Aggregate FTSE 350 deficit dropped to £39bn in 2018 – Barnett Waddingham

The total defined benefit pension deficit for FTSE 350 companies dropped to £39bn during 2018, according to Barnett Waddingham.

This was down by 29 per cent on 2017 figures, when the deficit stood at £55bn. Barnett Waddingham said this was down to an increase in corporate bond yields and the continuing payment of deficit contributions.

Consumer and energy companies saw the biggest falls, which fell by a combined £10bn. The deficit among energy companies fell 43 per cent to £6.9bn, while the total deficit among consumer staples fell by 52 per cent to £4.4bn.

As the total DB pension positions improve, an increasing number of companies have a DB pension scheme with an accounting surplus, raising the prospect of a buyout with an insurance company and removing the risk from their balance sheets. Forty-six per cent of FTSE 350 companies now have a pension scheme funding surplus on an accounting basis, Barnett Waddingham said. This has doubled from 23 per cent just five years ago.

However, the proportion of DB schemes with a surplus varies considerably by sector. Sixty-nine per cent of companies in the financial sector have a surplus on their DB scheme as do 57 per cent of utilities firms. By contrast, just 14 per cent of IT firms’ schemes are in the same position.

Barnett Waddingham noted that with more schemes improving their funding levels, more schemes are approaching their end game. One in twenty FTSE 350 companies will be in a position to buyout their DB schemes in the next two years. Twenty-one per cent will be able to do so in the next five years, and over half will be able to do so in the next decade.

Furthermore, one in five FTSE 350 companies could now afford to buyout their DB scheme using less than 10 per cent of the cash sitting on their balance sheet.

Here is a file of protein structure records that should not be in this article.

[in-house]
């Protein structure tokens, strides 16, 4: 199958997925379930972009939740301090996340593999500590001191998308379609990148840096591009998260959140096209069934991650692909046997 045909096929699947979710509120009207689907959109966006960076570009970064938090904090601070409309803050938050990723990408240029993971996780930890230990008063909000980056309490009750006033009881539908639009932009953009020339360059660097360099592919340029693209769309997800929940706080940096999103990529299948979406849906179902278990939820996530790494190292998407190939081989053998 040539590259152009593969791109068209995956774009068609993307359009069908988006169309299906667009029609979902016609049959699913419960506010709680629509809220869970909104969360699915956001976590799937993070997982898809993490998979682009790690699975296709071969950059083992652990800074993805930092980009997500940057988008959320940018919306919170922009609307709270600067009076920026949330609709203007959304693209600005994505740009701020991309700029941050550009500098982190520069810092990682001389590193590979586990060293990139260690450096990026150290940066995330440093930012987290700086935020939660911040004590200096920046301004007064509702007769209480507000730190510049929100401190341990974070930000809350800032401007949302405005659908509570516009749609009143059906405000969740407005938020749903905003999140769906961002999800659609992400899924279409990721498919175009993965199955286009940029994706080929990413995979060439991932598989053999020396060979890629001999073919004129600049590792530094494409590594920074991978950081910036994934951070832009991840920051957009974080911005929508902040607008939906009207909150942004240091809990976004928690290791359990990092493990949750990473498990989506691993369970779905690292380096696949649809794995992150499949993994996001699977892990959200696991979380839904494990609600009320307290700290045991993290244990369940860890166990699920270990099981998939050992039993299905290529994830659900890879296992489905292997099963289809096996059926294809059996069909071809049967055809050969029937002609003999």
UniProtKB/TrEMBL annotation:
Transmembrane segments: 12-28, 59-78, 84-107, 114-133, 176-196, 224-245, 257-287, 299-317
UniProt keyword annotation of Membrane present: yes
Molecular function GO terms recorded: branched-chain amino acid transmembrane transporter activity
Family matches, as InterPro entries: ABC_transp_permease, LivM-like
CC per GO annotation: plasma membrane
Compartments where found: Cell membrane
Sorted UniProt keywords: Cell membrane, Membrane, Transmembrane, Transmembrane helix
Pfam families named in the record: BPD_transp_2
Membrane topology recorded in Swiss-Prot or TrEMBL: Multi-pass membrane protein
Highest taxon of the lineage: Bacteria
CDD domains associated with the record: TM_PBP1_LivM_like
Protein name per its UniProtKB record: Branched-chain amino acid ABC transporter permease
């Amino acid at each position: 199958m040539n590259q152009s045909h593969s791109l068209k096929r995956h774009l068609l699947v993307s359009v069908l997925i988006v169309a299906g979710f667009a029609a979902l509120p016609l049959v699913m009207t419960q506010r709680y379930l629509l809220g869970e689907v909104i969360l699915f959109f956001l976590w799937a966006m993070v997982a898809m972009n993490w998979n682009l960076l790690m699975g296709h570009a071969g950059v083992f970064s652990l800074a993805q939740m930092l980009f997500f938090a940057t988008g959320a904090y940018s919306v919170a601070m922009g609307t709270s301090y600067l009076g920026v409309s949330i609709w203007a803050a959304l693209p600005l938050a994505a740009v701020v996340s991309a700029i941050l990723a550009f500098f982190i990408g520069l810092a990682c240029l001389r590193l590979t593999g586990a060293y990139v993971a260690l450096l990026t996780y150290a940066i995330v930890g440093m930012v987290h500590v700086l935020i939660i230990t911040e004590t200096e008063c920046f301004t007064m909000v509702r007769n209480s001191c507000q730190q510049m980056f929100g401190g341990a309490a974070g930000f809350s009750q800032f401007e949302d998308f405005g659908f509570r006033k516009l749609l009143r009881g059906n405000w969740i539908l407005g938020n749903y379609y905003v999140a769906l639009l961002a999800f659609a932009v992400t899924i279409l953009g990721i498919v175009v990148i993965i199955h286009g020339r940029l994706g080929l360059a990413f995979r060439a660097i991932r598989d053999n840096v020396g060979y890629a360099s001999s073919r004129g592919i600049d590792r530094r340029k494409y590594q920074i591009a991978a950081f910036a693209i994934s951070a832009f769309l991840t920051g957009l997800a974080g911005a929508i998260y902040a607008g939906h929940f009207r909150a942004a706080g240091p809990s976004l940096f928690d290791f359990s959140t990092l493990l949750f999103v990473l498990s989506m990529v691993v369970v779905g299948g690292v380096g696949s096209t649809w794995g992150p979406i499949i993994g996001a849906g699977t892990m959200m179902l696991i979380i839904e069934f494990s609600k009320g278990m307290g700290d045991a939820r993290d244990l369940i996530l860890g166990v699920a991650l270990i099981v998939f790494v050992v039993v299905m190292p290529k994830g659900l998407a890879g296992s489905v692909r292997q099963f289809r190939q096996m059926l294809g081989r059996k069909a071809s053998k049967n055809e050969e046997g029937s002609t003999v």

Increasing bond yields and improving asset prices have helped improve DB scheme funding positions. However, slowing mortality rate improvements have also had a significant impact. The latest mortality projections have reduced the average time to reach buyout by one year, when compared to life expectancy estimates five years ago. A further one-year fall in life expectancies over the next five years would mean that two-thirds of FTSE 350 schemes would be able to buyout by 2028, rather than the 54 per cent currently projected.

Commenting, Barnett Waddingham head of corporate consulting and partner, Nick Griggs, said: “With improving funding levels, maturing pension schemes and a significant amount of de-risking already achieved, company boards should be focusing on how they navigate the remaining part of the journey to the endgame.”

“DB scheme liabilities have long weighed on company balance sheets and, despite the measures taken to limit their cost, they remain a far greater drain on resources than their DC counterparts. DB schemes still account for two-thirds of FTSE 350 company spending on pensions.

“Now is the time to take action and set a new approach. As a growing number of companies can see the light at the end of the DB pension scheme tunnel, it is vital they proactively put in place a strategy targeted at reaching the scheme’s endgame. Many could soon be in a position to write the cheque which will make the aspiration of an insurance buyout a reality.”

    Share Story:

Recent Stories


The modern age
Deputy editor Natalie Tuck chats to the ABI’s Yvonne Braun about her work at the ABI and her thoughts on key pension topics

Stepping into the spotlight
Laura Blows speaks to Laird R. Landmann, group managing director and co-director of fixed income at US-based TCW, about the opportunities TCW can provide for UK pension funds